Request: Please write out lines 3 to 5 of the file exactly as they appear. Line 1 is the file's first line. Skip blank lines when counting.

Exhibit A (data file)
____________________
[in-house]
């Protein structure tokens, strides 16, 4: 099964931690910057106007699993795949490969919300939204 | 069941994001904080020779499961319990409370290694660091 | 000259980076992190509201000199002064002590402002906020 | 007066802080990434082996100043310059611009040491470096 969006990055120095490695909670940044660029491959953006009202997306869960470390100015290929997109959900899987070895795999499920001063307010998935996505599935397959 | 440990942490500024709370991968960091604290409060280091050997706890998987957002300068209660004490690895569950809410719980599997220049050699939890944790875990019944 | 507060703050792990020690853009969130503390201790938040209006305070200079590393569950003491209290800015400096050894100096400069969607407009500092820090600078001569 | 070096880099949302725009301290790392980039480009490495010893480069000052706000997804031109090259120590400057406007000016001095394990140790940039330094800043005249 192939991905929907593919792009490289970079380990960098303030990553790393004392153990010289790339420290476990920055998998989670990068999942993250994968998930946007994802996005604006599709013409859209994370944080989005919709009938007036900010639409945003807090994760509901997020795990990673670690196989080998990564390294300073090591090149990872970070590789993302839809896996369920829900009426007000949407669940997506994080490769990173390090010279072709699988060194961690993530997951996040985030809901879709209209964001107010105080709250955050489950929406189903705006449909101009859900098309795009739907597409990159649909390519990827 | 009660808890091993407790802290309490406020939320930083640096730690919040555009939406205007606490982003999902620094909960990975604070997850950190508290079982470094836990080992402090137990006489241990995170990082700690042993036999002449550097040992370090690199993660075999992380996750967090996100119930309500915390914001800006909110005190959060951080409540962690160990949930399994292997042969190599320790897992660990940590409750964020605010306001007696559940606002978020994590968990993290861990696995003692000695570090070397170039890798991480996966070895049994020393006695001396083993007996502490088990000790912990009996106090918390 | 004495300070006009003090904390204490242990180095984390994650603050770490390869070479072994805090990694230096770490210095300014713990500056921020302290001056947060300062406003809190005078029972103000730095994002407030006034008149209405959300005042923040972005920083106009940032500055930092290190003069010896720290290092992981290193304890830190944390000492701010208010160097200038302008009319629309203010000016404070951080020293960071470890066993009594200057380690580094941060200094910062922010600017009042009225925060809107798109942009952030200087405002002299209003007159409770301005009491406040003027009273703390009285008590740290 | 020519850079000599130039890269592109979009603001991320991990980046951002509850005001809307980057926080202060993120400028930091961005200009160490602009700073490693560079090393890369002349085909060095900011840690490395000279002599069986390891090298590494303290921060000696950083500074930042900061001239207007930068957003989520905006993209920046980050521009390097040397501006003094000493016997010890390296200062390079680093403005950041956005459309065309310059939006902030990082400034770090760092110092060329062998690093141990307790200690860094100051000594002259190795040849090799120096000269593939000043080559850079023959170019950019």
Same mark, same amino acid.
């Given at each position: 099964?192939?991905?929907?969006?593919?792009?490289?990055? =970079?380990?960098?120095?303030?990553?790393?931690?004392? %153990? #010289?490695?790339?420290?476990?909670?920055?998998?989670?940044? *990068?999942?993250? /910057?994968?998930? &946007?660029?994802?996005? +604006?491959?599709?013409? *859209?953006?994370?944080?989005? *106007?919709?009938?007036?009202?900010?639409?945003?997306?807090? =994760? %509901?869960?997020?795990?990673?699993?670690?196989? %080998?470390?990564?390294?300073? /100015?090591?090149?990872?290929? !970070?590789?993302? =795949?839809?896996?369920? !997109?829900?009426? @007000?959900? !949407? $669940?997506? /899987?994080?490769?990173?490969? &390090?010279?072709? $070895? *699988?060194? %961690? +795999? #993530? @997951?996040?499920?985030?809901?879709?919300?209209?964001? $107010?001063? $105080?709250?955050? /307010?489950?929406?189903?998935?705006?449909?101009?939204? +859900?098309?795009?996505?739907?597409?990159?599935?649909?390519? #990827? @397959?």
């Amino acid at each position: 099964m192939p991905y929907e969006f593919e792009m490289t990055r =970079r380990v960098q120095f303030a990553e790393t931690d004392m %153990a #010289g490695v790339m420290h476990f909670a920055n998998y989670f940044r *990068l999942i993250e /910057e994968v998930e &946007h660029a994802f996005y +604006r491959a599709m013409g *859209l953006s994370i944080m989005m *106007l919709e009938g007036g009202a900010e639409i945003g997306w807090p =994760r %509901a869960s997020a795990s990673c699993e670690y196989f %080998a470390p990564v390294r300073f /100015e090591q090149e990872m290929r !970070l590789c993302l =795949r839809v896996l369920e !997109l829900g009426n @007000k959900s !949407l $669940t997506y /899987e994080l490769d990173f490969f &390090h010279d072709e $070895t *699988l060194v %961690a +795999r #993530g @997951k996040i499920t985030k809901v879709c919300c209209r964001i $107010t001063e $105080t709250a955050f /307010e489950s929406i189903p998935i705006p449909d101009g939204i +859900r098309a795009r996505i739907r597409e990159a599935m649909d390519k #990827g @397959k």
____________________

Same mark, same amino acid.
């Given at each position: 099964?192939?991905?929907?969006?593919?792009?490289?990055? =970079?380990?960098?120095?303030?990553?790393?931690?004392? %153990? #010289?490695?790339?420290?476990?909670?920055?998998?989670?940044? *990068?999942?993250? /910057?994968?998930? &946007?660029?994802?996005? +604006?491959?599709?013409? *859209?953006?994370?944080?989005? *106007?919709?009938?007036?009202?900010?639409?945003?997306?807090? =994760? %509901?869960?997020?795990?990673?699993?670690?196989? %080998?470390?990564?390294?300073? /100015?090591?090149?990872?290929? !970070?590789?993302? =795949?839809?896996?369920? !997109?829900?009426? @007000?959900? !949407? $669940?997506? /899987?994080?490769?990173?490969? &390090?010279?072709? $070895? *699988?060194? %961690? +795999? #993530? @997951?996040?499920?985030?809901?879709?919300?209209?964001? $107010?001063? $105080?709250?955050? /307010?489950?929406?189903?998935?705006?449909?101009?939204? +859900?098309?795009?996505?739907?597409?990159?599935?649909?390519? #990827? @397959?």
């Amino acid at each position: 099964m192939p991905y929907e969006f593919e792009m490289t990055r =970079r380990v960098q120095f303030a990553e790393t931690d004392m %153990a #010289g490695v790339m420290h476990f909670a920055n998998y989670f940044r *990068l999942i993250e /910057e994968v998930e &946007h660029a994802f996005y +604006r491959a599709m013409g *859209l953006s994370i944080m989005m *106007l919709e009938g007036g009202a900010e639409i945003g997306w807090p =994760r %509901a869960s997020a795990s990673c699993e670690y196989f %080998a470390p990564v390294r300073f /100015e090591q090149e990872m290929r !970070l590789c993302l =795949r839809v896996l369920e !997109l829900g009426n @007000k959900s !949407l $669940t997506y /899987e994080l490769d990173f490969f &390090h010279d072709e $070895t *699988l060194v %961690a +795999r #993530g @997951k996040i499920t985030k809901v879709c919300c209209r964001i $107010t001063e $105080t709250a955050f /307010e489950s929406i189903p998935i705006p449909d101009g939204i +859900r098309a795009r996505i739907r597409e990159a599935m649909d390519k #990827g @397959k």